Many years ago, when my bookshelves were filled with ‘how to’ manuals on developing character, with titles like 'Write a Million', I remember struggling with the popular wisdom that writers should make a ‘character board’ for every character they invent. I associated these kind of pictoral boards with the ‘mood board’ that you’d use to collect decorating ideas for a bedroom or kitchen, not with a narrator for a story. But several how-to-write books were very specific on the character board and its contents, instructing budding novelists to cut out magazine or catalogue photos of somebody resembling your character (fair enough, I suppose, if your narrator needed to be young, skinny and glamorous), and to write down details of everything from the character’s favourite colour to his or her pet hate. Eager to put these words of wisdom into practice, I battled through the list of character board tasks, holding question-and-answer sessions with my heroine or hero, pondering over the relationships they might’ve had with their parents and siblings, trying to discover answers to questions about what had shaped their characters. After all, the how-to-write books explained that if you didn’t know your character’s quirks and deep-seated motivations, then how could you convincingly tell a story through their eyes?
The trouble was, by the time I’d reached the end of each character board, I felt utterly miserable. Despite the time they took to put together, I remained unconvinced by my characters – and I hadn’t even put them into a novel yet. Pondering over what they might wear to an office meeting or what kind of pasta they’d order at lunch (and sticking a picture of it onto the board) didn’t help me unfold the story and it certainly didn’t make my would-be characters any more fully-fleshed in my head. They were just pictures on a piece of card, accompanied by lists of facts and speech bubbles containing random words. I worried that there must be something intrinsically wrong with me as a writer.
Understanding character, and character development, as I was later to find out, doesn’t come through following a list of tasks in a certain style of how-to-write book. It took me many years of trying things my own way to realise that characters spring out of the page best when you put them in a situation and let them show you how they will handle it. In other words, start with a blank page and just write. Your character will reveal herself gradually. You don’t know her yet but pretty soon you’re going to, as she shows you how she handles having her car stolen, or being dumped by text by the man she thought she was going to marry. Somewhere along the line you may have cause to reveal that Lucy had a bad relationship with her mother or that Anna’s favourite colour is green because she was brought up in a hippy commune in the middle of a forest, but these aren’t facts you necessarily need to know when you start to write.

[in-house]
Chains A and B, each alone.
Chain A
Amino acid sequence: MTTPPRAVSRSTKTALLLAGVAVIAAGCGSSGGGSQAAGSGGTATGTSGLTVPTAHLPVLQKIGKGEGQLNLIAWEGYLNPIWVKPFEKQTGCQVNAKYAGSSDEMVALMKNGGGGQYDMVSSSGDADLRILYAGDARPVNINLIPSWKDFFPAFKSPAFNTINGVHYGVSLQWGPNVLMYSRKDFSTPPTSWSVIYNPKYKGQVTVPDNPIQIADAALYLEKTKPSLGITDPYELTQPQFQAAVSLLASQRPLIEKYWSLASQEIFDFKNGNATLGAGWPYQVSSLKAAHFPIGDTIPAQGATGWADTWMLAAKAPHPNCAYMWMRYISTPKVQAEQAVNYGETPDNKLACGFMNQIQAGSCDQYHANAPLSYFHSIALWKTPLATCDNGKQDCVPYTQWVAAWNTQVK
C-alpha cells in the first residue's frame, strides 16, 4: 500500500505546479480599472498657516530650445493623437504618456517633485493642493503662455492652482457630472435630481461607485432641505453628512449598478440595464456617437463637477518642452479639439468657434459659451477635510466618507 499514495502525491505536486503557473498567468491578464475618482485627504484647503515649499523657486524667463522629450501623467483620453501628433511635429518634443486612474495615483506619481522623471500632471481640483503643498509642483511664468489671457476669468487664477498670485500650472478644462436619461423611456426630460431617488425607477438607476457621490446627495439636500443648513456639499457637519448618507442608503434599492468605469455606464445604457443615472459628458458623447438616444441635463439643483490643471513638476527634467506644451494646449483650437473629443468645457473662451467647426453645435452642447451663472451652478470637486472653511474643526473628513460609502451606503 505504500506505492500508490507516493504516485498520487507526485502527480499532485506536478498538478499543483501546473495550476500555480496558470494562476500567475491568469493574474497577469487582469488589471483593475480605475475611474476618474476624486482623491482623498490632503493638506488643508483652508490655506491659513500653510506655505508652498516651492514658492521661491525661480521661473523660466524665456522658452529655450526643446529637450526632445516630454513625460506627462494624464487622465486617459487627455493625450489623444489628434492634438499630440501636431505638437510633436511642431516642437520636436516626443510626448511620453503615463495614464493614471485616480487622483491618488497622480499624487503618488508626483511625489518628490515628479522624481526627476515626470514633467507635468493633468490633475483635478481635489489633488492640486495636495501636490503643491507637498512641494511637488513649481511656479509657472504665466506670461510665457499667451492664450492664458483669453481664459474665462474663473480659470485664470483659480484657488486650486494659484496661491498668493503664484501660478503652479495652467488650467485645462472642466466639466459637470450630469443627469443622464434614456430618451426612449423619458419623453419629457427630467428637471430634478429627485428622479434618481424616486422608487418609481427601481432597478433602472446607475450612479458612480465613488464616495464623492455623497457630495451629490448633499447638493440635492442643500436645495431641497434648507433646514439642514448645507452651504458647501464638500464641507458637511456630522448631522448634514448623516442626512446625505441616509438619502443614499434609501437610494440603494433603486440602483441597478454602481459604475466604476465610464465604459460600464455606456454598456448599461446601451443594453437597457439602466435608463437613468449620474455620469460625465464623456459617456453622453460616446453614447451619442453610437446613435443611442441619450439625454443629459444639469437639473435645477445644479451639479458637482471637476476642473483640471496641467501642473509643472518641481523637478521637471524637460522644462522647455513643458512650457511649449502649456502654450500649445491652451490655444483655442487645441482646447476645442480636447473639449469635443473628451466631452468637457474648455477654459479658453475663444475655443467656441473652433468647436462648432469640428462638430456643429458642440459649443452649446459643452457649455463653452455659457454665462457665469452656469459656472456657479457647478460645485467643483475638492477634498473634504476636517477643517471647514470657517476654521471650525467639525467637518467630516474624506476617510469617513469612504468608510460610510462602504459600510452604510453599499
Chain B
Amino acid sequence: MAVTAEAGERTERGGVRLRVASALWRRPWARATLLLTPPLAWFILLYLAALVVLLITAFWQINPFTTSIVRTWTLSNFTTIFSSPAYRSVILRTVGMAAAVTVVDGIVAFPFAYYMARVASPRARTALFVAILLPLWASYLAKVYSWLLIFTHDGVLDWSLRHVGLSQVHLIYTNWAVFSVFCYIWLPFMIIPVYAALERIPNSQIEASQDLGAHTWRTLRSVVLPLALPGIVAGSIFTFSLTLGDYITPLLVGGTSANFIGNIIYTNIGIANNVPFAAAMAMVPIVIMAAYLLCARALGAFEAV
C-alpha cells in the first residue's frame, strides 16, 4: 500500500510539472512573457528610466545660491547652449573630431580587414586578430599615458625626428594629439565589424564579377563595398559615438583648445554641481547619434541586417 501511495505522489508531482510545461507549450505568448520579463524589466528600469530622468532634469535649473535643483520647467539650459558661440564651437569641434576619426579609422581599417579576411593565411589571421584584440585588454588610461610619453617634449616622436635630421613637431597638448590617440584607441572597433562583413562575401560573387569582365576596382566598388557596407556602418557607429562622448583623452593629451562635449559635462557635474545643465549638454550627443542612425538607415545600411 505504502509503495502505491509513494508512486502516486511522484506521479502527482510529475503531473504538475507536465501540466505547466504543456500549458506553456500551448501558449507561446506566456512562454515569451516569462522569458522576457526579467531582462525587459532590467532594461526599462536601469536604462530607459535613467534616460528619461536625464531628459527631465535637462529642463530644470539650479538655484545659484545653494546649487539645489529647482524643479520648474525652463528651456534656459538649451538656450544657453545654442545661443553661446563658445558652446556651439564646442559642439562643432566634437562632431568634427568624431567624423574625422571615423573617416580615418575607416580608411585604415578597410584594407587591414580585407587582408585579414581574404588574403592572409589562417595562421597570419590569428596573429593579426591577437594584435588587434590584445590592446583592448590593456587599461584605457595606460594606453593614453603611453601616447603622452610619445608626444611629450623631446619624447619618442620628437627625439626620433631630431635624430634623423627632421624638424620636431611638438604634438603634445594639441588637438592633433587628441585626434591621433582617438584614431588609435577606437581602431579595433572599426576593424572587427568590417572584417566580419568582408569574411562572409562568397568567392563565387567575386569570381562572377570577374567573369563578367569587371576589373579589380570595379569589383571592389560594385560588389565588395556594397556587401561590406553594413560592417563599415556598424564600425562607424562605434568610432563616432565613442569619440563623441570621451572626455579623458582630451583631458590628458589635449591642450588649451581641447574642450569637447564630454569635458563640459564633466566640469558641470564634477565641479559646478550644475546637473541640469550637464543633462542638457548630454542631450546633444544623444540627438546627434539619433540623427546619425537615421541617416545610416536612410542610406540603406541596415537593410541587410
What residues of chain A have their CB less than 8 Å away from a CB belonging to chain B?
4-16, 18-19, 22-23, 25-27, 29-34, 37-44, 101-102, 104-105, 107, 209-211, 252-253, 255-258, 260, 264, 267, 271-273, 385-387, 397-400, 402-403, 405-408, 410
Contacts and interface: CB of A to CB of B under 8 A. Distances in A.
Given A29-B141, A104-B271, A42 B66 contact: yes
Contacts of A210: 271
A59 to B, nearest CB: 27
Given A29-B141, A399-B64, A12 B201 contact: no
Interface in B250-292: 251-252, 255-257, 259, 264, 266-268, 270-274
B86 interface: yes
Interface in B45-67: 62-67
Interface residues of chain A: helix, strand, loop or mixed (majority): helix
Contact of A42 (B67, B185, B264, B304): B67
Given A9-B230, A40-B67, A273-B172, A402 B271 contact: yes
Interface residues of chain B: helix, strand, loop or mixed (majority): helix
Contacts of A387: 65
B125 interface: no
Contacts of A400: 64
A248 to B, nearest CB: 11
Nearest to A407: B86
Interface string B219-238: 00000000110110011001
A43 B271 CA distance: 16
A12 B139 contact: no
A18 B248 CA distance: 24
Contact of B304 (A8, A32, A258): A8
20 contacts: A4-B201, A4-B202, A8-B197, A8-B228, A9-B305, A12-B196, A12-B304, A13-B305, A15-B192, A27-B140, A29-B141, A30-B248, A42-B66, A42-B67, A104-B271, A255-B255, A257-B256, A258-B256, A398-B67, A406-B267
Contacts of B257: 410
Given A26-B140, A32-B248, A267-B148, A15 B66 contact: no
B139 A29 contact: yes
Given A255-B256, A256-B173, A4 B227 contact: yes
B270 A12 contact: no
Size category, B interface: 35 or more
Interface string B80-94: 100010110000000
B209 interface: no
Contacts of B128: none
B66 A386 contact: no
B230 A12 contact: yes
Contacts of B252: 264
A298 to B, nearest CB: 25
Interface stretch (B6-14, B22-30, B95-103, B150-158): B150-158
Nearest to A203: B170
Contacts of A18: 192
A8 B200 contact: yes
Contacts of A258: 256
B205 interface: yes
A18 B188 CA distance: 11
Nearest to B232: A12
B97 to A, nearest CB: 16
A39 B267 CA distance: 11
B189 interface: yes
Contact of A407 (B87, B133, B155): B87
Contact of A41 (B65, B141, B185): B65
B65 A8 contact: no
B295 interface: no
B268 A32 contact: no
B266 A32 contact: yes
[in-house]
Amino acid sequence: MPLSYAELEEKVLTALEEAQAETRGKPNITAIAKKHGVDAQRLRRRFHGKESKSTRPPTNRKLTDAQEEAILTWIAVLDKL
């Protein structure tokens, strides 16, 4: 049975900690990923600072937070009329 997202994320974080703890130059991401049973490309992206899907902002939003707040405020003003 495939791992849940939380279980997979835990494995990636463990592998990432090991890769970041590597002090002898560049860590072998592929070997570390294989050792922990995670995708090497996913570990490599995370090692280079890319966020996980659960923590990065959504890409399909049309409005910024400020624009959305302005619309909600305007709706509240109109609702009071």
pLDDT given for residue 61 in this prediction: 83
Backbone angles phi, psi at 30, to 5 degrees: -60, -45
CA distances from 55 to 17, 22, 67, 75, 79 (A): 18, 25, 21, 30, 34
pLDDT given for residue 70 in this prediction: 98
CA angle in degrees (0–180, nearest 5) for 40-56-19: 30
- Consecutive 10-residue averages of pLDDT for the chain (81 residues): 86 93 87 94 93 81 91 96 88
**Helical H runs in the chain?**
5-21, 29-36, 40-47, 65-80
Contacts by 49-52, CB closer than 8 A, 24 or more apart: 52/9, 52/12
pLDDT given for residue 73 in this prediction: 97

Among published writers, there’s a theory that characters, like stories, emerge whilst being excavated by the writer. It’s an image which comes up again and again. Ursula Le Guin noted: ‘If William is a character worthy of being written about, then he exists. He exists, inside my head to be sure, but in his own right, with his own vitality. All I have to do is look at him. I don’t plan him, compose him of bits and pieces, inventory him. I find him’ (from 'The Language of The Night', Dreams Must Explain Themselves, 1979).
The day I finally realised that characters need to be found and not inventoried was the day that I collected up a selection of my how-to-write books and threw them on an Autumn bonfire in the back garden. Well, at least the books that insisted on a character board...
For some recommended 'How To Write' books, see a selection on the Free Guide To Writing page.